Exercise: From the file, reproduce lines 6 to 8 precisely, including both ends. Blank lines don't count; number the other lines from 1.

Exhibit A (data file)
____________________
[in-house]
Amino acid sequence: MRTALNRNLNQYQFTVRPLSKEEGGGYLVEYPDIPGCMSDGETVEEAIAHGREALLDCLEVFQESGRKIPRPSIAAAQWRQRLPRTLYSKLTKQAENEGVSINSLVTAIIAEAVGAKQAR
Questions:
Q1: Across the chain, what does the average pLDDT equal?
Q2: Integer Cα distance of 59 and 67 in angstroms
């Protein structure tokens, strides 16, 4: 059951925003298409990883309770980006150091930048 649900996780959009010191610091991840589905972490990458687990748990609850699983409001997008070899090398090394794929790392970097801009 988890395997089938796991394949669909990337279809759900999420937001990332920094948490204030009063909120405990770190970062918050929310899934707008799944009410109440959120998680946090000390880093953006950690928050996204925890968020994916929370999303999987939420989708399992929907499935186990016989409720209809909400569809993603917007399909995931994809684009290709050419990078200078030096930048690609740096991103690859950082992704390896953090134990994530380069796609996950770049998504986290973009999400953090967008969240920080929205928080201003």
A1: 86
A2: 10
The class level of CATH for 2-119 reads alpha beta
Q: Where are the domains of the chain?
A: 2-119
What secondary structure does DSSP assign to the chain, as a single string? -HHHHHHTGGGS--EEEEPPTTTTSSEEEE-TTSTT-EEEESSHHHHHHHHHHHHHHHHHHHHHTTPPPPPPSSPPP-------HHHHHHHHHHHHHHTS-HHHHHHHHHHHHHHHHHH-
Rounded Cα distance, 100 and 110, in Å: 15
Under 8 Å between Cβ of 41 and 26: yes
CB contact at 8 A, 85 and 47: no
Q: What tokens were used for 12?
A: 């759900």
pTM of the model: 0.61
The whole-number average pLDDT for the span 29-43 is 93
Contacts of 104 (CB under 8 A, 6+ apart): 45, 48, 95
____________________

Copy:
């Protein structure tokens, strides 16, 4: 059951925003298409990883309770980006150091930048 649900996780959009010191610091991840589905972490990458687990748990609850699983409001997008070899090398090394794929790392970097801009 988890395997089938796991394949669909990337279809759900999420937001990332920094948490204030009063909120405990770190970062918050929310899934707008799944009410109440959120998680946090000390880093953006950690928050996204925890968020994916929370999303999987939420989708399992929907499935186990016989409720209809909400569809993603917007399909995931994809684009290709050419990078200078030096930048690609740096991103690859950082992704390896953090134990994530380069796609996950770049998504986290973009999400953090967008969240920080929205928080201003």
A1: 86
A2: 10